You should clap your hands together above your head and swan dive into Lasagna as soon as you can. The cookbook, that is. It’s a joy to read and to cook from, a welcome push to get comfortable in this season we call fall—which is just one reason why it’s our pick this month for BA’s Cookbook Club. Tuck yourself into al dente sheets of pasta, insulate with layers of shredded fontina, cushion with ricotta, and luxuriate in meat sauce. Who needs cashmere when you have bechamel?
In her squared-off new cookbook with the editors of Taste, Anna Hezel writes: “We want to think of lasagna not just as a set of grandma’s recipes that is frozen in time and space, but as a dish that continues to evolve, warp, bubble up, and melt as it sails around the globe and passes from generation to generation.” [Picture a tray of lasagna floating through the atmosphere past space stations and satellites and boulders of intergalactic debris.] What we have here is the work of a certified lasagna fanatic. (I’ve edited some of Anna’s writings for BA, and knew she was a sherbet punch proponent—I had no idea of the lengths of her lasagna love). Her passion comes through in every page, in every close-up shot of crispy-edged noodles slick with melted mozz. Lasagna made me gasp on no less than seven occasions.
The recipes range from classic (okay, yes) to fried lasagna bites (gasp!) to Nutellasagna (monstrous gasp!). The veggie lasagnas appeal to Healthyish me: Kale pesto, roasted squash with leeks and sage, sweet corn and scallion. Nice. But I take it back for the ridiculously meaty Italian sub lasagna, which can murder me and steal my husband for all I care, I want ittttt (deep gutteral gasp). The baked pastas alongside the typical wide-noodle variety sound just as delicious—I’ve got my eyes on the roasted poblano pepper-stuffed shells whose photo shows a cheese icicle falling from a spoon (sensual gasp). The writing is playful and comprehensive and encouraging; we could all use motivational lasagna sometimes.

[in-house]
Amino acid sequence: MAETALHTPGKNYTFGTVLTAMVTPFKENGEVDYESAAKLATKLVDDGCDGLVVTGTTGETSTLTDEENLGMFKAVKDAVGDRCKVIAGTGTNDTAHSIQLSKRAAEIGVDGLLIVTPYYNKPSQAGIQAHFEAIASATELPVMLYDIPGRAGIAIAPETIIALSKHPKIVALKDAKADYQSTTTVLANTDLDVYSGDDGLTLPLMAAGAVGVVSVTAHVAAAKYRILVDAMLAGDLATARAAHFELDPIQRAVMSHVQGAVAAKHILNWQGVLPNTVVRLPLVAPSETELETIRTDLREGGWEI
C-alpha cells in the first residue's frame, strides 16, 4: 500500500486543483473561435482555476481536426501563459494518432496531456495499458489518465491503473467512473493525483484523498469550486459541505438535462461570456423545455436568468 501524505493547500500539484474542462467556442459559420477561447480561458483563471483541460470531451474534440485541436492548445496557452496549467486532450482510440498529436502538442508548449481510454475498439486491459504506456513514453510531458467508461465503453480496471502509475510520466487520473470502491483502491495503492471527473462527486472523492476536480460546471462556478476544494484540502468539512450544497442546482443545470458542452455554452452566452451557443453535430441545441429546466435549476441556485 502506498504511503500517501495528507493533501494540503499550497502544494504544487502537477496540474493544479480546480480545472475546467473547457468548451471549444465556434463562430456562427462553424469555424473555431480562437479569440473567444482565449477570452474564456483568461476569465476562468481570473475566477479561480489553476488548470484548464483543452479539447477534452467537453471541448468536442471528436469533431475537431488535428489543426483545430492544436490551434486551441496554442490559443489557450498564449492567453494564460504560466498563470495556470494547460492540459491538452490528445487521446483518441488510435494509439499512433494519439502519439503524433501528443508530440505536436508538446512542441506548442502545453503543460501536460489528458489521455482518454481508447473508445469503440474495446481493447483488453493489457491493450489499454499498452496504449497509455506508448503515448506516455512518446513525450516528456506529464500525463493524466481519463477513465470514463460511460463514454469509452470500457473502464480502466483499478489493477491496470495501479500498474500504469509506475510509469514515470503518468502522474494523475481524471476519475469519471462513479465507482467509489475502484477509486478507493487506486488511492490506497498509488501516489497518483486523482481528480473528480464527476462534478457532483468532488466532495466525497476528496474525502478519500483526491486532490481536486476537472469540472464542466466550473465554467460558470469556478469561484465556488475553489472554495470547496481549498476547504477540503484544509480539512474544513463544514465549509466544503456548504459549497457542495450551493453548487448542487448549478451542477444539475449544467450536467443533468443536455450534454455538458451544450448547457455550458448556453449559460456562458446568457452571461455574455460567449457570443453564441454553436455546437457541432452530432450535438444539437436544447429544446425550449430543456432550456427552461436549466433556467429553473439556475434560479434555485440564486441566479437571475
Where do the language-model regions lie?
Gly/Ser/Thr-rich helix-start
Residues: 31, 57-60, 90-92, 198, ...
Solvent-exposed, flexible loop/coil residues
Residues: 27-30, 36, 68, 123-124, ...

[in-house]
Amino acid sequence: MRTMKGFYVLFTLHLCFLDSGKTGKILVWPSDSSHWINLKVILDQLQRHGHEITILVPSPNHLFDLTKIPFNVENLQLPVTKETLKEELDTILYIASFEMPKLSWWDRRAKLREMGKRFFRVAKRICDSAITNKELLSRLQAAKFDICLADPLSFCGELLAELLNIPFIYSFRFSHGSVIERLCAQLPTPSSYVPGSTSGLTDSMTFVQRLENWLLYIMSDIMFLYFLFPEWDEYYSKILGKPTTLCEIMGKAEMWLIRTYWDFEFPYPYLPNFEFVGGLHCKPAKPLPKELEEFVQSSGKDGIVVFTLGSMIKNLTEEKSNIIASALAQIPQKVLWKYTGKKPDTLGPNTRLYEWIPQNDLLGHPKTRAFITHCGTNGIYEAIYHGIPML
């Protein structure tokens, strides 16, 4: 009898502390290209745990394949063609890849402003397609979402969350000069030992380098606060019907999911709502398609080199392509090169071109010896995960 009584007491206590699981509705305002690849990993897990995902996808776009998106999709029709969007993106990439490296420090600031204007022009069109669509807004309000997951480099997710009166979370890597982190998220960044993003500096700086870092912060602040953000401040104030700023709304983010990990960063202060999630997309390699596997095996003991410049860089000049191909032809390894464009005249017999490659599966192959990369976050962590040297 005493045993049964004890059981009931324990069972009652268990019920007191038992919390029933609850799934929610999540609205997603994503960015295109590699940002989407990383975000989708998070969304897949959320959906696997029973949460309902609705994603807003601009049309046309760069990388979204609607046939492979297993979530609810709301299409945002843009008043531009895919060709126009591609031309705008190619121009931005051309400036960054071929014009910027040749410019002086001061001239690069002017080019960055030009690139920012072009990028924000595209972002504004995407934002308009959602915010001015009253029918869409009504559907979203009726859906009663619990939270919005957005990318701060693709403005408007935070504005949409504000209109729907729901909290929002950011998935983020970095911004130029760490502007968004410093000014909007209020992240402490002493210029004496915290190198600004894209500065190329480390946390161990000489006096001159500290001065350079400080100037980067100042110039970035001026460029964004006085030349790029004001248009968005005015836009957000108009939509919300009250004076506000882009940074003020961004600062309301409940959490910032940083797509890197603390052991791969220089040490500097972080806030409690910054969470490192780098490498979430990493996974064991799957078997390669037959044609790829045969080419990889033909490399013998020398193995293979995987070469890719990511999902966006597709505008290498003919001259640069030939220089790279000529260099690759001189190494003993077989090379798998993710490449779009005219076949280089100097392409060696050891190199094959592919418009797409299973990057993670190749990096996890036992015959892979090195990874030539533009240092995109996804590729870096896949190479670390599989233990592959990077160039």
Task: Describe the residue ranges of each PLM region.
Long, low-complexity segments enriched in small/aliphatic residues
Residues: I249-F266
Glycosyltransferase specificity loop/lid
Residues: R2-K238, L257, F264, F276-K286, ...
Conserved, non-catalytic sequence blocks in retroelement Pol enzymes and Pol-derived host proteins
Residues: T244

How legit is this lasagna book? Garfield creator Jim Davis gives his stamp of approval on the inside cover: “Garfield’s love of lasagna is well-documented. In his opinion, it’s nature’s perfect food. I’m often asked, ‘Why lasagna?’ Truth is, lasagna is MY favorite food. So, it looks like Garfield and I will be fighting over this delightful book.” Starstruck gasp!!!
I’d never made a lasagna before. I’d associated lasagna with feeding huge families, or, I’m sorry but it’s true, funerals. The enthusiasm rippling through Lasagna was contagious. I wanted to comfort others with a 13 x 9 pan full of bubbling stuff. I want to say “I love you” with a sloppily cut wedge of layered carbs and cheese—anything but words.
And so I made the vegetarian mushroom lasagna first, with a bounty of farmers’ market ‘shrooms (next time I’ll use cheaper ones, they get so buried in cheese I’m not sure the expensive nuance of a maitake comes through). I served it to friends for a Sunday dinner with a garlicky, acidic romaine salad. The herby, butter-browned mushrooms peeked through layers of two pounds (gasp) of fontina and Parm, while the glue that kept the family together was a simple bechamel. We moaned and patted our bellies and were happy.
My second lasagna foray was a carbonara cousin. This one was easier. No bechamel, just pasta, pancetta, a fontina-parm layer, and thyme-infused cream poured over the delicate architecture. When the lasagna was bubbling and crisping at the edges, I took it out and cut shallow circles in the top to drop four eggs in. (The recipe calls for using a cookie cutter, which I I do not own. A knife worked perfectly and I got to eat the cut-out lasagna shreds as an appetizer.) Ten minutes later, the whites were set and so was the table. But it was even better the next day, and the day after that, as lasagna breakfast = brilliant gasp. And great news! Now you can make it too.
Get the recipe:
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Originally Appeared on Bon Appétit